It is time, you folks…
Kokua me, yeah?
I needed to take a break from the teachings of the Universal Laws for a moment. While I will not divulge to anyone what my day was like – it was not great, not bad, but there was a lot of heavy, negative emotions that I went through, and yes, all of it regarding the collective heartache that is the soul of the majority of people who are my age, who were raised as though your backyard was Turtle Bay or some other awesome Hawaiian town, even if it wasn’t, I am calling on you all, right this moment. I noticed something about my thoughts today, and it was all about my kids, and a lot of stuff came to the surface for me today. Yesterday, I was talking with Danni about someone we both know whose issues are all tied to the people who we each grew up with. You see, and this is not saying that my parents were awful…there is a difference between awful and what was my …”vanilla plain” life, unless I imagined it in my own head all that time and just dearly adjusted.
Maybe I am way off, and I know that there are a lot of you right now hating on me, acting like I was talkin’ stink about your Mom Guys, but I am not. What I am about to say is the truth, and it is the truth that not too many of us can deny. Our childhoods, while they were fun because it is fun being a Hawaiian kid and growing up with all your uku-billion cousins – all dat small keed time stuffs…yeaaaaah, brah…dassit…you know it!! Come with me, let’s go, you folks, all the way back to our childhoods, with the old Hawaiian ways and the old Hawaiian Rules, that, while I will always have respect for rules, I cannot respect the idea that who we are, for many years, has been based, not on a mutually earned respect between the children who we were, and the adults who used to be our parents. Now, I am not – NOT saying that they did a bad job, because the other side of what I am going to write about next is awesome.
But I will leave that “awesome” til later on in this writing. Right now, I do not want you to think that I am chewing anyone out. I am reminding us all that we do not have to use intimidation, you know…”dirty kine leekenz…” the kine leekenz you get wit’ one komoboko slippah…red…size 12… I didn’t realize when I was a little girl that it was the energy of respect “earned” from scaring the daylights out of us was what I always felt. As a child, I always felt the feelings that other people had for me. I always knew who I could trust and who I could not, but because of the blood relation, I was forced to trust people who I knew better than to.I have prevented it with my children, and people KNOW to NOT GO THERE, because I do not and WILL NOT hit my kids. They are good kids. They deserve my Respect and I deserve Theirs. It is a mutually agreeable energy and Love between my children and I.
I know that they know that I am never going to turn my back on them, that I am never going to try to make it seem as though what I have to go through is because of them, because it isn’t. I have raised my three, thus far, to be the best them that they can be, no matter what.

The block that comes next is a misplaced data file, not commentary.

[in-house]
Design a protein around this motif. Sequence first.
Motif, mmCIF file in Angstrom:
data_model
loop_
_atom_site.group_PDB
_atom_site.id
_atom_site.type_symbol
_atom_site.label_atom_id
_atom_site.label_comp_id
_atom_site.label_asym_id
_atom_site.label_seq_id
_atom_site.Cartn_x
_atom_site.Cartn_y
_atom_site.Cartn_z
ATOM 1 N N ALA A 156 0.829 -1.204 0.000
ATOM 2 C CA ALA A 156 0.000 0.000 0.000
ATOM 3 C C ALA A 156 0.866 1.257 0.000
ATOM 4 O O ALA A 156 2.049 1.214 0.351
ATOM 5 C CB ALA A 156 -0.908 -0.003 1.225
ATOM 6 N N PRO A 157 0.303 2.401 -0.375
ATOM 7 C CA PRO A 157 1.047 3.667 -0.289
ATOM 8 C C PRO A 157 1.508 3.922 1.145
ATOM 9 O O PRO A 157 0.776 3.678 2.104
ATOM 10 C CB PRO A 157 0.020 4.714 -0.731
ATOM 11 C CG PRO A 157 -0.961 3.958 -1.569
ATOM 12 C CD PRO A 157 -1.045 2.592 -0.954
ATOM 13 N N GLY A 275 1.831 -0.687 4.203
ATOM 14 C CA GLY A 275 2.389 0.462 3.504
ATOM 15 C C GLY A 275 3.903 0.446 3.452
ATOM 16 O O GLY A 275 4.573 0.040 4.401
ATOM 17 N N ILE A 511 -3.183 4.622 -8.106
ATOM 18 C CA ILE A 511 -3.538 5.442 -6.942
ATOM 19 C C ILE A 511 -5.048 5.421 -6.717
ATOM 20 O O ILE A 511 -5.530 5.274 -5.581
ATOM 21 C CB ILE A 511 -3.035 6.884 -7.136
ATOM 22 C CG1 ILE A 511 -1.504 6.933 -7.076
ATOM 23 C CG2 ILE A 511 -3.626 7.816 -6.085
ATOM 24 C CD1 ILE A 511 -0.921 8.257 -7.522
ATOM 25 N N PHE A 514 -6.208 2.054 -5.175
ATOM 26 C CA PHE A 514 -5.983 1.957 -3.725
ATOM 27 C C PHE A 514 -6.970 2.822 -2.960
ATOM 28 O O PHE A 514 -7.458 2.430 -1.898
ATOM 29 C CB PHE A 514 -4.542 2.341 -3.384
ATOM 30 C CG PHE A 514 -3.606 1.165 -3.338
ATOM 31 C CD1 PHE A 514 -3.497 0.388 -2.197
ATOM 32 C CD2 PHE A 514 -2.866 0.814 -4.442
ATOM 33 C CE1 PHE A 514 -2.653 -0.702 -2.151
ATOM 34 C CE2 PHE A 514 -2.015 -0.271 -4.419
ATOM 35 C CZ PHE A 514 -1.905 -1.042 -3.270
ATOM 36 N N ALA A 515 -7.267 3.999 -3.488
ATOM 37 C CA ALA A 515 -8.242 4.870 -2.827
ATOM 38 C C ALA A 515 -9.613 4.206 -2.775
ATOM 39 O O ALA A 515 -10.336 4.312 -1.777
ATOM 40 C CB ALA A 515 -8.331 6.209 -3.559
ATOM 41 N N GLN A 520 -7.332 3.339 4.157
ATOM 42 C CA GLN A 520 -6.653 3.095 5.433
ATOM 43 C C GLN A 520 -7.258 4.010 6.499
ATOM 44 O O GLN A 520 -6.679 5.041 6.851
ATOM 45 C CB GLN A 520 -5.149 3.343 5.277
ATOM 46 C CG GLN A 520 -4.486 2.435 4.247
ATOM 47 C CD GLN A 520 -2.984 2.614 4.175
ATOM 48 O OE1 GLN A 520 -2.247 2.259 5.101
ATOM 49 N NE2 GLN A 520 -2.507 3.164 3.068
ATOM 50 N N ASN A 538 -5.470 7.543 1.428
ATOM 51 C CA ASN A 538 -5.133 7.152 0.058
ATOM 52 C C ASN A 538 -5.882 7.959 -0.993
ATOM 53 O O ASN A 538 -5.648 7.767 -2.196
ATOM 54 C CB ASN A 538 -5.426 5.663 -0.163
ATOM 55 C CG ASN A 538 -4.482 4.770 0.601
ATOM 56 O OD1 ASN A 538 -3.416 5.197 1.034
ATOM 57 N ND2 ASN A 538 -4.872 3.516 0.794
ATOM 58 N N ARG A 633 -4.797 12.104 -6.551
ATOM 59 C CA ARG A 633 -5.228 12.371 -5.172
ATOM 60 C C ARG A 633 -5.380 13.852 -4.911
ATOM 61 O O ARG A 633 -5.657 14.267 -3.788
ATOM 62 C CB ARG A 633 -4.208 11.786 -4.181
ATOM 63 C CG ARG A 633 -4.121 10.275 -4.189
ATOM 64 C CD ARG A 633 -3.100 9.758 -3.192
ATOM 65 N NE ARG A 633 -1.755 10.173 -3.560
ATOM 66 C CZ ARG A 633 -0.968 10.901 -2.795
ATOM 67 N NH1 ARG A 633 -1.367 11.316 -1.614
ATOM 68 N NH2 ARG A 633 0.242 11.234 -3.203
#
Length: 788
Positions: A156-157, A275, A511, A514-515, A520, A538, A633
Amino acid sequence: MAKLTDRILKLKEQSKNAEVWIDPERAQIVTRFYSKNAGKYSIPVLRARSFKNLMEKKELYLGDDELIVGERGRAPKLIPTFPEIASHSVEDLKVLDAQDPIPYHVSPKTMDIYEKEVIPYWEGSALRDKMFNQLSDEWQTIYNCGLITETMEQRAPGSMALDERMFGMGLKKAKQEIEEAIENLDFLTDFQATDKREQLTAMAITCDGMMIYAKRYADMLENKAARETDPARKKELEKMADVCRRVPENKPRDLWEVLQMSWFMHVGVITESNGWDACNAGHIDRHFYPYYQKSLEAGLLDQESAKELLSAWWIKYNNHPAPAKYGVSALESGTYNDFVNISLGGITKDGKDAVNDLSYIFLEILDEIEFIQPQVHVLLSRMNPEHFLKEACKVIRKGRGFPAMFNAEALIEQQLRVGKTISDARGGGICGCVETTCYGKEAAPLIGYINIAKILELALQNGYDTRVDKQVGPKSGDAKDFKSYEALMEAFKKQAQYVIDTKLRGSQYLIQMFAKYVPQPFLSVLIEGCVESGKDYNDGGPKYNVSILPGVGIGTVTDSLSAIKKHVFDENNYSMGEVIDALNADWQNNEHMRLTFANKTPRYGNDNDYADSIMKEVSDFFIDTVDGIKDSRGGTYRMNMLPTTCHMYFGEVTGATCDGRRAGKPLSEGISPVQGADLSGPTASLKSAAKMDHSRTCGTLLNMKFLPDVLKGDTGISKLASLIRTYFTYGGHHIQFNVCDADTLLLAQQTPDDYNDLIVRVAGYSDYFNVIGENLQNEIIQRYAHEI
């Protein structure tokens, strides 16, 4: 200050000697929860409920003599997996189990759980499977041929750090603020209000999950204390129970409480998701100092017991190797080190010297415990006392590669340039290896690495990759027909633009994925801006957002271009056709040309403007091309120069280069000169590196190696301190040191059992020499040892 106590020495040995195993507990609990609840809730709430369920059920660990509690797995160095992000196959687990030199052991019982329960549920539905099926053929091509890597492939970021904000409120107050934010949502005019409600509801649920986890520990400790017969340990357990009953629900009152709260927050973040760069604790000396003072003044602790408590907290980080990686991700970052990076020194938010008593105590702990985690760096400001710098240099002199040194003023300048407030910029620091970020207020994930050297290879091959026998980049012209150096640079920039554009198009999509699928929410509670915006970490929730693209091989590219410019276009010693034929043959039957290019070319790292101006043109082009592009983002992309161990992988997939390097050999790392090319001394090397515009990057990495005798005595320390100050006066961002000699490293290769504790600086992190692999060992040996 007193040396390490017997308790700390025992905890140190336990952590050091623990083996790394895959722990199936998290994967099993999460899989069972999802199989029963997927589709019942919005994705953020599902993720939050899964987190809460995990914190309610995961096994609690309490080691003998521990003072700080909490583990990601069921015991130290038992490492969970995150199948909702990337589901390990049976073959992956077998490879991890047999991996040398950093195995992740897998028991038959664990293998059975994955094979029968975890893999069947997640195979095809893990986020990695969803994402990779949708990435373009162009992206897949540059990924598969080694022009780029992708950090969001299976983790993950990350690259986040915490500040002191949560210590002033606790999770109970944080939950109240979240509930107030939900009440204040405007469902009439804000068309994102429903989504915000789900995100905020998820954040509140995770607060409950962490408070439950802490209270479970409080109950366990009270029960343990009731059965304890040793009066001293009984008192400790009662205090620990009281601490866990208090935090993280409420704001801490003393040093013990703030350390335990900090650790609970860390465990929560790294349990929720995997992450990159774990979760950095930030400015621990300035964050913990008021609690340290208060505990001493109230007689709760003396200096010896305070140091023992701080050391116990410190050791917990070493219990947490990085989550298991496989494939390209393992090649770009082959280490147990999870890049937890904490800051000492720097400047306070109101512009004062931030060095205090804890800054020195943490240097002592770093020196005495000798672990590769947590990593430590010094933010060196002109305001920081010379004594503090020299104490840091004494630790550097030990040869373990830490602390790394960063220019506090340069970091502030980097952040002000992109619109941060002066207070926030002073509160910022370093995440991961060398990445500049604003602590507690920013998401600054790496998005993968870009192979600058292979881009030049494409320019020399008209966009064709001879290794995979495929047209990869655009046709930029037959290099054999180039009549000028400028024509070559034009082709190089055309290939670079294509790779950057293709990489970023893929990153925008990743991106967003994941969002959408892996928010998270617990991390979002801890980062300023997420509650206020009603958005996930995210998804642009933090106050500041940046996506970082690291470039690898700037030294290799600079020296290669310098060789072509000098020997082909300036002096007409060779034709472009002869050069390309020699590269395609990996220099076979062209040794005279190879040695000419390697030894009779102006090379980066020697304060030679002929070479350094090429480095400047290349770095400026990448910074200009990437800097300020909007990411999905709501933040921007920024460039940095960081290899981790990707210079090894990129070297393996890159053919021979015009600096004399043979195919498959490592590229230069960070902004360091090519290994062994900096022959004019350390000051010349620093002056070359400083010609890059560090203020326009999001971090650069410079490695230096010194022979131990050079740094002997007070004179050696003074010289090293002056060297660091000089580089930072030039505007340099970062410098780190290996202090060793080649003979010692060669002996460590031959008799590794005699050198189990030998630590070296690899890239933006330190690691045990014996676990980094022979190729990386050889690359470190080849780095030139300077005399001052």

I was, like many of us Hawaiian raised children, while we are who we are, and proudly so, and they taught us that pride, I will say that I notice that a whole lot of my island friends, and especially my cousins and I, we chose to do it different this time. When it came to be our turn to raise the children, to live up to our collective Kuleana, we did not fail the ‘Aumakua. Our Ancestors, the Elders, The Wise Ones, the Gods, The Guides…my beloved Nana…(I Love You!)…we listened to them. We took from that collective harshness that was good leekenz, and we turned that tragedy into Love. I don’t know about you guys, but I do not recall being able to describe my most vivid memories of this fearful respect as ever being anything other than something to make my little soul want to run and hide. I can see every single one of these people who, when I was a little girl, threatened to hurt me, physically, by “geeving” me “leekenz wit’ da’ spoon/slippah/belt.:..whatever was there. There was even one time when I witnessed someone – an adult – ball of their fist and punch her kid in front of a bunch of us other kids. That ain’t cool. That’s the kind of people who a whole lot of us were raised with.
The sort who scared the shit out of us, just so that we would “Respect” them. I don’t know about you, but I think I will take the actual respect that I get from my kids, than the sort that collectively, we have, many of us, for a lot of way too old school kanakas who are in their winter time now who did this. While I will not divulge the name, I can only guess what the hell else went on when I was not around. I saw a lot when I was around. I heard a lot of threats and I heard a lot of name calling and I heard a lot of things that no kid should have to hear.
I am not the only one, either, and in many cases, a lot of us still use this sort of …whatever the hell you want to call this…it won’t matter, because it is abuse, period.